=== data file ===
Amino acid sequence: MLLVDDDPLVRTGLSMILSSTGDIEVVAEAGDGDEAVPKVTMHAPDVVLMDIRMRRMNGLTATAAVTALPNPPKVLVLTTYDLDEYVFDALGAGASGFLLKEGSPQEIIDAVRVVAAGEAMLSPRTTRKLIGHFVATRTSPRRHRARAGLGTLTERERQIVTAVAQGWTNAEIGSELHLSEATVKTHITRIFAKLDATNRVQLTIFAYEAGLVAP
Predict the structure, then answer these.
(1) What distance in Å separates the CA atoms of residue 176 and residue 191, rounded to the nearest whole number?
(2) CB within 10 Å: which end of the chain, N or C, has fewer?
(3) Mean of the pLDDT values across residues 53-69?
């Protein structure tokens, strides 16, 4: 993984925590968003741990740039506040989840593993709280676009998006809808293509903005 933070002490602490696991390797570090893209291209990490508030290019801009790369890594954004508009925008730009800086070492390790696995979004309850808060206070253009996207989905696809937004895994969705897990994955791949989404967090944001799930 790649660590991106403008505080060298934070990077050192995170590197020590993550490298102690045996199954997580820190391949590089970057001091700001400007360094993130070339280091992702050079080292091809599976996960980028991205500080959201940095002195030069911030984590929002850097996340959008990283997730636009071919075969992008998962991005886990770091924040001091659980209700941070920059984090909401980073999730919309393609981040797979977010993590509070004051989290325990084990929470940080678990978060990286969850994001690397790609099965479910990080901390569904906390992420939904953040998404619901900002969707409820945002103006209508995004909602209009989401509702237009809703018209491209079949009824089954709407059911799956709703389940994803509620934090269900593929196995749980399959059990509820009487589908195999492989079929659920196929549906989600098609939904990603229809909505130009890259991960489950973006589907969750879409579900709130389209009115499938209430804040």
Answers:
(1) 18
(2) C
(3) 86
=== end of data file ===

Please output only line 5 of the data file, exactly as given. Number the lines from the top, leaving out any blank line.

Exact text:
(3) Mean of the pLDDT values across residues 53-69?